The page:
By: Blonde Two

I have been shouting the words in today’s title ever since my outdoor first aid training with FirstAid4Life last weekend. I don’t mind being stuck in this particular rut because, as far as I’m concerned, having a mantra to get you through an emergency can only be a good thing.

When I broke my ankle up on Dartmoor I remember the training kicking in. Despite it being me on the ground in pain, I distinctly remember thinking through the list of things that needed to be done and being mightily relieved (although not at all surprised) that they were.

First aid training every three years is quite rightly obligatory for anyone who wants to keep their NGB (National Governing Body) qualifications up. This could include climbing (e.g. SPA), paddling (e.g. Paddlesport Coach), land expeditions (e.g. Mountain Leader) or a whole range of other coaching qualifications. Me, I would go every year if asked to do so. Learning first aid is something I really enjoy and gaining the skills to know that I could help somebody if necessary is to me a great source of satisfaction.

Finding the right course and the right trainer is really important and last weekend I felt like I had really achieved that with the course structure and training skills of FirstAid4Life. It is well known (if you are a teacher) that we teachers (or even ex-teachers) make the most difficult audiences. We are critical of poor teaching skills, know most of the tricks in the book and have a tendency to be a bit irreverent. All of this means that when we say that a course was well-taught, you should listen to us because we mean it.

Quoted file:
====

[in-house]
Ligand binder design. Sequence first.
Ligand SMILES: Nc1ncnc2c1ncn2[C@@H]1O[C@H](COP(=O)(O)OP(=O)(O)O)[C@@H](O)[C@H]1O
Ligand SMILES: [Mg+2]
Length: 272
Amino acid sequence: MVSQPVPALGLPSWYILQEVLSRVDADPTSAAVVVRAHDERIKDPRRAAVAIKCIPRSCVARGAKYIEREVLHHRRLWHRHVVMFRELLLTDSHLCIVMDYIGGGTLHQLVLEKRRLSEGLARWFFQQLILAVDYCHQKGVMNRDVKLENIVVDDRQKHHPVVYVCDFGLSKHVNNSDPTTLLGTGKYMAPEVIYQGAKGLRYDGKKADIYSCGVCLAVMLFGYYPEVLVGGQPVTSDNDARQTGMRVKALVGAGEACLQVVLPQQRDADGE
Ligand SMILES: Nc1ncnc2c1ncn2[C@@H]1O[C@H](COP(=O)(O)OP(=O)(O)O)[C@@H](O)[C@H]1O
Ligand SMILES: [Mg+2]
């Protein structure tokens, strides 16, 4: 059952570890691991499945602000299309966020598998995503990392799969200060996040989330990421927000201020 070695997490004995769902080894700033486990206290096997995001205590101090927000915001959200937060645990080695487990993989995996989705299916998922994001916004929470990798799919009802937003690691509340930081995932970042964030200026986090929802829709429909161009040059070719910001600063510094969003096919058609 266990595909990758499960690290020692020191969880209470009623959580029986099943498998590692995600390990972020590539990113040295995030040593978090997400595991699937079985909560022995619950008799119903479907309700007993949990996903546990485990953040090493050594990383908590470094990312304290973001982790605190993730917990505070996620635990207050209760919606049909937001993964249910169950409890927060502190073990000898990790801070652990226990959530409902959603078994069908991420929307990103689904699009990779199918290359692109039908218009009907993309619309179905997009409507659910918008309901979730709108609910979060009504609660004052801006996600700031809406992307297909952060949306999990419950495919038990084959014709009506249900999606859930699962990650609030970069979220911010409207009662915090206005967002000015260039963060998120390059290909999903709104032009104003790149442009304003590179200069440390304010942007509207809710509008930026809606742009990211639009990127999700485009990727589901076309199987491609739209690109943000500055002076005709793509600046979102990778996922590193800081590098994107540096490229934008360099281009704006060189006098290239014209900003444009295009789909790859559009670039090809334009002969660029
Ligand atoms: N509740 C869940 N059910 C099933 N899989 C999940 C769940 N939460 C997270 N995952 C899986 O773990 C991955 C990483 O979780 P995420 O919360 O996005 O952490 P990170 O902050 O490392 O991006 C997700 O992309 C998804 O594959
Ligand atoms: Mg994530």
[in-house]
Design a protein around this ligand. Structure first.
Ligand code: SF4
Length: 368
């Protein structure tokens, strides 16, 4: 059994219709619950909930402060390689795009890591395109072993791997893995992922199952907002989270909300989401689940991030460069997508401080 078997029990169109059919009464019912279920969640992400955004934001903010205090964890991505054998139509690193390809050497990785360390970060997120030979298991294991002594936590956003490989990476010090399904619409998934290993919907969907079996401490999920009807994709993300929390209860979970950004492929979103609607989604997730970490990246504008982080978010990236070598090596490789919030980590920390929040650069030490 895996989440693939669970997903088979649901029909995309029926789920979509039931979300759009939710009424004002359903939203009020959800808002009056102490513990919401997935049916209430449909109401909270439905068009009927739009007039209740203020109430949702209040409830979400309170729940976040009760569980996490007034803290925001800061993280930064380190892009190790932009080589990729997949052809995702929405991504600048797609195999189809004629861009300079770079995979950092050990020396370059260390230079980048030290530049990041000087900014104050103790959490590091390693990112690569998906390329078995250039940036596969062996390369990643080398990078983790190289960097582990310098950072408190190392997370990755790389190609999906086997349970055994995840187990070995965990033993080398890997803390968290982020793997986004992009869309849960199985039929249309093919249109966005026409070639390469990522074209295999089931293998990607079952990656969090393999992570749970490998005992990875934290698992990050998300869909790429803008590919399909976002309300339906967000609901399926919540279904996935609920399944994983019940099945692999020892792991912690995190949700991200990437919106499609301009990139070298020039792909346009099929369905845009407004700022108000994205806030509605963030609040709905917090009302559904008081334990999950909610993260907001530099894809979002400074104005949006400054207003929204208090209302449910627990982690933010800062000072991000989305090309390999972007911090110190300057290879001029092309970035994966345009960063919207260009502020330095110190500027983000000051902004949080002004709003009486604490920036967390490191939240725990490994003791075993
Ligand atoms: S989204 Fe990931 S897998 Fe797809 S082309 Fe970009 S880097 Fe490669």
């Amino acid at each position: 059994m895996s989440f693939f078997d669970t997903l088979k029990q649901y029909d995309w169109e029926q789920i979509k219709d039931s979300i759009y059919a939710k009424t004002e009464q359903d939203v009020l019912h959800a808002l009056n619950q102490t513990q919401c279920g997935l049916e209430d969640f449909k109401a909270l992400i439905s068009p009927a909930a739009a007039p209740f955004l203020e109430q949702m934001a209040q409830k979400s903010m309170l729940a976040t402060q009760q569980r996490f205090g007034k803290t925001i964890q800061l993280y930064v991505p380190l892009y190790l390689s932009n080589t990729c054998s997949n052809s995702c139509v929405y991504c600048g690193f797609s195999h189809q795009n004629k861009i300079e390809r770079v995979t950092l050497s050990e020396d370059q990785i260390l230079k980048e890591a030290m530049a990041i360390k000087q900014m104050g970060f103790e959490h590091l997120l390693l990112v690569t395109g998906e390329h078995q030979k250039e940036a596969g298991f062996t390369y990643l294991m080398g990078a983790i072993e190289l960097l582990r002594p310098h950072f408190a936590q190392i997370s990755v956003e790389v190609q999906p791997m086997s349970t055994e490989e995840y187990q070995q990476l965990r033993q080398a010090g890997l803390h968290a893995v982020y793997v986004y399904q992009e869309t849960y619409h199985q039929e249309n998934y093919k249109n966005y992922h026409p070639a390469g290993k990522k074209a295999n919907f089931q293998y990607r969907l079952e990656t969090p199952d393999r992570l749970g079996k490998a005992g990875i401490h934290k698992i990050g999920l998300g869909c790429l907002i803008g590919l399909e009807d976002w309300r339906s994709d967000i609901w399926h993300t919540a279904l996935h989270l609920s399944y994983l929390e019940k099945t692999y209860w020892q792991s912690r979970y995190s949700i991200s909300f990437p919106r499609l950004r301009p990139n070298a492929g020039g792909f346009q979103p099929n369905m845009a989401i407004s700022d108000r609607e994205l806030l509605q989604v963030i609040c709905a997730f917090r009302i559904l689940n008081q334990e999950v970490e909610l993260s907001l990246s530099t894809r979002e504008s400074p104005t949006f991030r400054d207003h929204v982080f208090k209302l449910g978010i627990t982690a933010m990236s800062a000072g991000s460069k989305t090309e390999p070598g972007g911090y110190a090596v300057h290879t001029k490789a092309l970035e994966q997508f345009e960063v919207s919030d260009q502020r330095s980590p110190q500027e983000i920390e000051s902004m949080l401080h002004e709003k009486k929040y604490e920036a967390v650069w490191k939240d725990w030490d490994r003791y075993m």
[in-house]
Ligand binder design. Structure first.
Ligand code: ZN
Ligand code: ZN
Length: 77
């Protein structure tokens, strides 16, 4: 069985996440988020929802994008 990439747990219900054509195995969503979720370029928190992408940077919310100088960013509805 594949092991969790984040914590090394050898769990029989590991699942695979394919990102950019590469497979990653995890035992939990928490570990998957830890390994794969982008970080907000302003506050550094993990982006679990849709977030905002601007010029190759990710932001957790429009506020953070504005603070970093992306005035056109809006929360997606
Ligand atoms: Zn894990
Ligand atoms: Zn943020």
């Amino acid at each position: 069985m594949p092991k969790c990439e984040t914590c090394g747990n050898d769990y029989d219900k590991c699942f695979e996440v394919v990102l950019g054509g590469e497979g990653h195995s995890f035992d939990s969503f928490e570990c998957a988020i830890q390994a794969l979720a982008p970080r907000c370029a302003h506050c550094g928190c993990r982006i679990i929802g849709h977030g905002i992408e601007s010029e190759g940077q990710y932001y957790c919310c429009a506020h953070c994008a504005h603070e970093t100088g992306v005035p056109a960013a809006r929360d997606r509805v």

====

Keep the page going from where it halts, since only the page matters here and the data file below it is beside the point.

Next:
There are three things you need to be a really successful teacher and Sam our course leader had all of them in abundance:

  1. Subject knowledge. Sam definitely knew his stuff, his depth of first aid knowledge and experience of current practices made the course all the more interesting and gave us all a greater depth of understanding as to why certain procedures were recommended.
  2. Teaching methodology. These are the modus operandi you select to facilitate learning. They won’t always be obvious to a non-teacher but include things like peer discussion, paired assessment, group discussion, team teaching and the use of images. I have to say (and I am very fussy about this) that I couldn’t fault any of the teaching methods Sam used, they were varied, interesting and above all, enjoyable (we learn better when we are having a good time).
  3. Personality. The one thing that you can’t teach a new teacher. The aspect of ourselves that is a strange combination of innate ability and development related to experience. It is vital to successful teaching, most outdoor instructors have it (because that is what the outdoors encourages) and Sam had it in abundance.

I was in exalted company last weekend and have to admit to feeling a tad humbled by the depth of knowledge in the room but FirstAid4Life delivered one of the best learning experiences I have ever had and, to be honest it was also such good fun that I am really looking forward to a repeat in three years time.

FirstAid4Life offer a range of first aid courses including outdoor first aid, first aid at work, AED (defibrillator) training and First Response Emergency Care. I would recommend them to anyone who is considering a first aid course with any level of previous experience. You can contact them here.

PS If you are wondering about the stickers in the photos, you will just have to sign up to a course to find out!

PPS Mega thanks to a particular swimmy, DofE friend who recommended FirstAid4Life. I believe it is her turn soon!